This encounter struck a chord with me. Over the past year I’ve witnessed a substantial number of formal, in-class student presentations, and, on the vast majority of occasions, when young women presented their work they expressed the same kind of awkward, embarrassed affect as I experienced from my junior colleague at the theatre the other night. My women students would approach the front of the class and stand very awkwardly, hands thrust into pockets or sleeves, and seem to fold inward as they read their presentations from a piece of paper. Typically they spoke far too quickly, or far too softly, or both. They were plainly nervous and quite possibly, on an unconscious level, slightly ashamed to have the floor; they certainly did not give me, or their peers, the impression that they felt they had the right to be at the front of the class, taking up “teaching” space, owning their ideas.

My friend and colleague at the University of Calgary, Susan Bennett, has been mentoring me for some time on how to “take up space” in my discipline. Her attitude toward what it means to take up space has some affinities with Sharyl Sandberg’s currently trend(ing) notion of “leaning in” (click here for an excellent round-up of Guardian reporting and comment on her book), but in many ways Susan’s strategies are less daring, and far more doable. She has counselled me thus: when you speak at a conference, attend a board meeting, report on your work to a group of peers, or otherwise present yourself as a professional in your profession (or in the professions, plural), do not be afraid to own the space that has been given to you to offer your work and your opinions. Believe in the strength of what you have to offer. Believe that everyone is listening to you, and is keen to know what you have to share. Inhabit the space at the front of the group like you belong there – because you have earned the right to be there, and because you do belong there.

This is advice I think both young male and young female students need to hear, but it is advice young women in particular have been conditioned to doubt – and thus the work of “hearing” it is much harder for them. In one of my recent senior seminars, both of the male students in the class were able to take their places at the front of the room for their presentations and give me the impression they belonged there; by contrast, perhaps 15-20% of the women gave me that impression. Of course this is not a new observation – I could have guessed at these numbers before the seminar began – but I think it’s urgent (especially given the backlash from both men and women, both right and left, that Sandberg has recently faced) that we rehearse this observation again and again, and that, as teachers committed to training strong leaders and activist citizens, we think about ways to convince our students – all of them – that they have, by virtue of their places in our classroom and the work they do within our class community, equal right to inhabit the space at the front of the room.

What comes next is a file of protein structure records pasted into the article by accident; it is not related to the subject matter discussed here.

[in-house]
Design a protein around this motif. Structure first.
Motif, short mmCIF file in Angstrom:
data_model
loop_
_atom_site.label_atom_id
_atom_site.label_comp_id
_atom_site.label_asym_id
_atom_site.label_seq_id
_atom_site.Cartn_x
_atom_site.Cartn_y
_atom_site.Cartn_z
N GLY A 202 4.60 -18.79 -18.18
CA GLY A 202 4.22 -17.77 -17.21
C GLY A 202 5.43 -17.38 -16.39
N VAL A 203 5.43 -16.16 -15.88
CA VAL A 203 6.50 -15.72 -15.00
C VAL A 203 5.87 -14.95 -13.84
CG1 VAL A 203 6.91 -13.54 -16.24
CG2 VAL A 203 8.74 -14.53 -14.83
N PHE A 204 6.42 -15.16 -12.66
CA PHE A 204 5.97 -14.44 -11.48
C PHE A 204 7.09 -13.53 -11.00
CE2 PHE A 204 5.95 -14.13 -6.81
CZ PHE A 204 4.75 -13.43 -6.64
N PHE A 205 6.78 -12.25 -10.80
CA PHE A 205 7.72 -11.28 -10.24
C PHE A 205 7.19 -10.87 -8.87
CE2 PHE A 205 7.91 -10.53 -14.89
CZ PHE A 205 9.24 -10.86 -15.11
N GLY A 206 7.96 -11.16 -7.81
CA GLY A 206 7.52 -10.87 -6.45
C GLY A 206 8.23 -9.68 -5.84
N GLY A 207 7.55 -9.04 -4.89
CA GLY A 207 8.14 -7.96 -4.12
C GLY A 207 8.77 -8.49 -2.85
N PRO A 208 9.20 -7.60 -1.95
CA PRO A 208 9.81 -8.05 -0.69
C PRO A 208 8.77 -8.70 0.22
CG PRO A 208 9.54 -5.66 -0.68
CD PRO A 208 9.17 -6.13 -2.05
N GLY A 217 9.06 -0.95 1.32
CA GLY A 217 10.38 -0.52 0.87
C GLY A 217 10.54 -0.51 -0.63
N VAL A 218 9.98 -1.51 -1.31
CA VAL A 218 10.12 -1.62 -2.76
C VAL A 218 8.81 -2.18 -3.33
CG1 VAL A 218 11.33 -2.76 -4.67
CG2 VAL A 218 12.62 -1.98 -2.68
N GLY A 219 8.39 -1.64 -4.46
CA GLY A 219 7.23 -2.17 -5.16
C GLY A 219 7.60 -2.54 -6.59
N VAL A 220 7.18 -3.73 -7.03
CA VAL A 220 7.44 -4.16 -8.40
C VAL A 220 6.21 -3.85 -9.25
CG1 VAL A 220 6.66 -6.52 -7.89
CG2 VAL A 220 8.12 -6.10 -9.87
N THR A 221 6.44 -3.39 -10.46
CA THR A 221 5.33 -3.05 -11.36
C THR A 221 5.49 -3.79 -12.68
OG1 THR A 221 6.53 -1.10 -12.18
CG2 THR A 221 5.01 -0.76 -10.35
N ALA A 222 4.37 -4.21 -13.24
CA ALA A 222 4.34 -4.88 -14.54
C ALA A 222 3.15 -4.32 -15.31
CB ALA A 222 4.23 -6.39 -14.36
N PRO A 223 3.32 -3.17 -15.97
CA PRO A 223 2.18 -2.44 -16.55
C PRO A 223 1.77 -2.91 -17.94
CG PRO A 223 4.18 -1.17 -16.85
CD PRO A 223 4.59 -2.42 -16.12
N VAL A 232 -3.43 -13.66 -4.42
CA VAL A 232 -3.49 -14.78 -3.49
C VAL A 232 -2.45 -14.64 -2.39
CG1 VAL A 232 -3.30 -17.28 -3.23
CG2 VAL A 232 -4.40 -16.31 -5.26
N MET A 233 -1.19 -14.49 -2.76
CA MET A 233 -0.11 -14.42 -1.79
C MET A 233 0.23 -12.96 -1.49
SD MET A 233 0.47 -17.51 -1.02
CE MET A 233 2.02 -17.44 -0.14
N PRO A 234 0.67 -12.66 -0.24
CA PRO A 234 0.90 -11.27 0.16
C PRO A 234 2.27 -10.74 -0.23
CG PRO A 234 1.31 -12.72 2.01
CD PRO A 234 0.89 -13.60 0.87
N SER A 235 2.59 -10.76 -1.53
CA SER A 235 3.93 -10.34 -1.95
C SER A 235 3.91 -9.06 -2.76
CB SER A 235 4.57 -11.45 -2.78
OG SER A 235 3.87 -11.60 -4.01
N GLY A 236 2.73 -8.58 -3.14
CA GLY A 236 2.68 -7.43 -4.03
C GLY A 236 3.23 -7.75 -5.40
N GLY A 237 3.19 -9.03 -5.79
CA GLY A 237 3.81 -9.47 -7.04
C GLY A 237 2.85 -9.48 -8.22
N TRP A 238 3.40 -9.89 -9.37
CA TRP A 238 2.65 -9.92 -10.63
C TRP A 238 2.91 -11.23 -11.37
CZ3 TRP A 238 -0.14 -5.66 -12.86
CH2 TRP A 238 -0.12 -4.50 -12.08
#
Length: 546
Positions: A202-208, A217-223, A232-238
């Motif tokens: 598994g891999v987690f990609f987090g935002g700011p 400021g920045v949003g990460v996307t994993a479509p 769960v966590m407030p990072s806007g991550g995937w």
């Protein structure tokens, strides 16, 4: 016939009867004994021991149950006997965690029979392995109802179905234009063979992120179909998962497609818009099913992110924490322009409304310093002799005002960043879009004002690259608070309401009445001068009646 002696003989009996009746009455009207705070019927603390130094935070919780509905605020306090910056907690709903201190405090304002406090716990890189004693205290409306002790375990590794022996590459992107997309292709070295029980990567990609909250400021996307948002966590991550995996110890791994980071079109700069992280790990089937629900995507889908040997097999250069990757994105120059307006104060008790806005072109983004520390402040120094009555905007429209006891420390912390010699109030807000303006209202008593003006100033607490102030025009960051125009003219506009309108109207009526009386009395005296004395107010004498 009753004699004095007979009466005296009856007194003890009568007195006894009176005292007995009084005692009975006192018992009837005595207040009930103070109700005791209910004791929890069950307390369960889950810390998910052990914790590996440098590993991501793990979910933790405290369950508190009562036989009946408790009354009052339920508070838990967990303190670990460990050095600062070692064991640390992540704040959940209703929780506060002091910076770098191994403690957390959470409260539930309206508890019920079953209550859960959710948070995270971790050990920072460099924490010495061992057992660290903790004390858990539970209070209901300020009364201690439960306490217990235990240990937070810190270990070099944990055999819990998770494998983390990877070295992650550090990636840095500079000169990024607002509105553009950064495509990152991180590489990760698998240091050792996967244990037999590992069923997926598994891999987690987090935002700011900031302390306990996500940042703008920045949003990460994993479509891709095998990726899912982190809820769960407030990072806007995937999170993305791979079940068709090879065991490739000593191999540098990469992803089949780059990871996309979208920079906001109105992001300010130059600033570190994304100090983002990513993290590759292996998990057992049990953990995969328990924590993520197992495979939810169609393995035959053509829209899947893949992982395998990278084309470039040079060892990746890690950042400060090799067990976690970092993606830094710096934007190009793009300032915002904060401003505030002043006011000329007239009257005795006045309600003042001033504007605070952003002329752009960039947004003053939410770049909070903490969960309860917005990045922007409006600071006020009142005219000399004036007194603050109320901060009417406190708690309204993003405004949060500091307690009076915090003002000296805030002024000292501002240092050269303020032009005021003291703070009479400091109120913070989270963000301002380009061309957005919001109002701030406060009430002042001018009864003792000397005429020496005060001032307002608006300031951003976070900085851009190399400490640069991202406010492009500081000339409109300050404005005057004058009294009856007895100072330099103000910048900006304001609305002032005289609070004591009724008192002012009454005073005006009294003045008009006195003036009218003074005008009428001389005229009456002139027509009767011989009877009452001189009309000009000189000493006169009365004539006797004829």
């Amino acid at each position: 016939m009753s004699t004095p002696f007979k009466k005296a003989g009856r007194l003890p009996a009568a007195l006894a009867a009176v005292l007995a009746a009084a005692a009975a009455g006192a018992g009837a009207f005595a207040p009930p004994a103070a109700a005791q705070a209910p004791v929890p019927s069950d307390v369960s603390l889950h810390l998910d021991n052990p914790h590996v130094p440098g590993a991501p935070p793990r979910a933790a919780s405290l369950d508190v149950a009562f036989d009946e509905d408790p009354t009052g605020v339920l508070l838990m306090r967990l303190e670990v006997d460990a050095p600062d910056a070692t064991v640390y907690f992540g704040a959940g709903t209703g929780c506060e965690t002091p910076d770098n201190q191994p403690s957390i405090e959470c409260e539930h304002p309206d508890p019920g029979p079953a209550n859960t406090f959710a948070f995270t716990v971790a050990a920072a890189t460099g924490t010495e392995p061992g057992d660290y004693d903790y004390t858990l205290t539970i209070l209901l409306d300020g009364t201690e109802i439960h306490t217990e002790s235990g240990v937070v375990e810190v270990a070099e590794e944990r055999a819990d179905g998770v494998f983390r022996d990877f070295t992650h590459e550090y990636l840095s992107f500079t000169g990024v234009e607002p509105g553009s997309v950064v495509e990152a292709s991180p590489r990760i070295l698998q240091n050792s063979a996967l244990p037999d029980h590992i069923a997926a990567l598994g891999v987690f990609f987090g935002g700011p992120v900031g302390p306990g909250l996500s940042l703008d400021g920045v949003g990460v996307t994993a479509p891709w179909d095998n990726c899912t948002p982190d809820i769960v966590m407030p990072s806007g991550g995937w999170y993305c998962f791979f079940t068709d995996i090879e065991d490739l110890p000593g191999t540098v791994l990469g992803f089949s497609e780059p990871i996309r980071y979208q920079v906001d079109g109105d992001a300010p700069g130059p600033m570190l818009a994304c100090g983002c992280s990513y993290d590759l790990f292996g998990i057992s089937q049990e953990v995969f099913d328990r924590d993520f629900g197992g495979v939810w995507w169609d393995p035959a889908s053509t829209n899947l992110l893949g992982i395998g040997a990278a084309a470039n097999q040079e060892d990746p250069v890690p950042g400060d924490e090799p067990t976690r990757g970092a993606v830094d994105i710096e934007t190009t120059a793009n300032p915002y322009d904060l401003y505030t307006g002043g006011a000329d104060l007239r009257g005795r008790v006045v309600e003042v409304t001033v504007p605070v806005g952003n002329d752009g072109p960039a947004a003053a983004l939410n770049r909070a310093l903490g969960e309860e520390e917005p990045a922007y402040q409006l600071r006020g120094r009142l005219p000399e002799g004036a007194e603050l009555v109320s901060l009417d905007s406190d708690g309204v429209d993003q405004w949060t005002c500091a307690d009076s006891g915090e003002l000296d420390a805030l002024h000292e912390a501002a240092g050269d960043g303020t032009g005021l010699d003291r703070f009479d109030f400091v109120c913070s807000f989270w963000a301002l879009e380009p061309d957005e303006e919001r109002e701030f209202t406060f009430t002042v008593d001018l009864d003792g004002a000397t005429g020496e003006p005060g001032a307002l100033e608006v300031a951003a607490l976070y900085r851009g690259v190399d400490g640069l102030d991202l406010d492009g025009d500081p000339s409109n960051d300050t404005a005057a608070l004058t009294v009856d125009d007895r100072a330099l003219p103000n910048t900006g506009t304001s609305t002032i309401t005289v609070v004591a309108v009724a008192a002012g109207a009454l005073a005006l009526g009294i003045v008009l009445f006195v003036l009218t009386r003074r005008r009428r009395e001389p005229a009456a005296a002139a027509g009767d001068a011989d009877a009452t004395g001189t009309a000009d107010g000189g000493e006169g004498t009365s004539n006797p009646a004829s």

How might we achieve this kind of a paradigm shift? Starting small seems a good idea to me. Having realised the problem with my women student presenters, and having noticed how pervasive that problem is (from undergraduates through to PhD candidates), I’ve decided that next year, in all seminars with presentation components, I’m going to give a pocket lecture and a demonstration on “taking up space”. Why is it important? What does it mean? What does it not mean? Taking up space, after all, should not be a bully stance: ideally, it should be about taking personal ownership of the front of the room – making space for your ideas when the stage is yours – and then being confident enough to open that space up to others to respond, share, and inhabit the podium position, too. Finding the balance between “owning” and “controlling” is an enormous (and in our culture a very gendered) challenge, and I think it’s worthwhile to have a serious, frank conversation with students about it before the main work of the semester gets underway. That way, we can, perhaps, receive one another’s work over the following weeks with a bit less gendered baggage, and a bit more generosity of spirit. And, perhaps, the women on the course can leave the classroom each week feeling stronger in themselves about what they have to offer the world.


Update on my last post: so far so good. Since Monday, I’ve read two new journal articles, one directly in my field and one not at all in my field, over breakfast (and, in one case, also over an afternoon coffee break); I’ve spent almost two full hours on a priority project that has been causing me stress and worry; and I’ve managed to keep my admin to about 90 minutes per day (with the exception of yesterday, when I had to visit campus for the morning – that was pre-booked and unavoidable). I’ve also read three chapters in my nominated book, Sharon Carnicke’s excellent Stanislavsky in Focus. Best of all, I feel good at the end of each day: I can track the time I’ve spent on different kinds of related research labour, and I can see ideas from these different kinds of labour starting to dovetail in productive ways. Next week, the challenge will be to incorporate time for marking (ACK! I forgot about the marking!) into the scheme.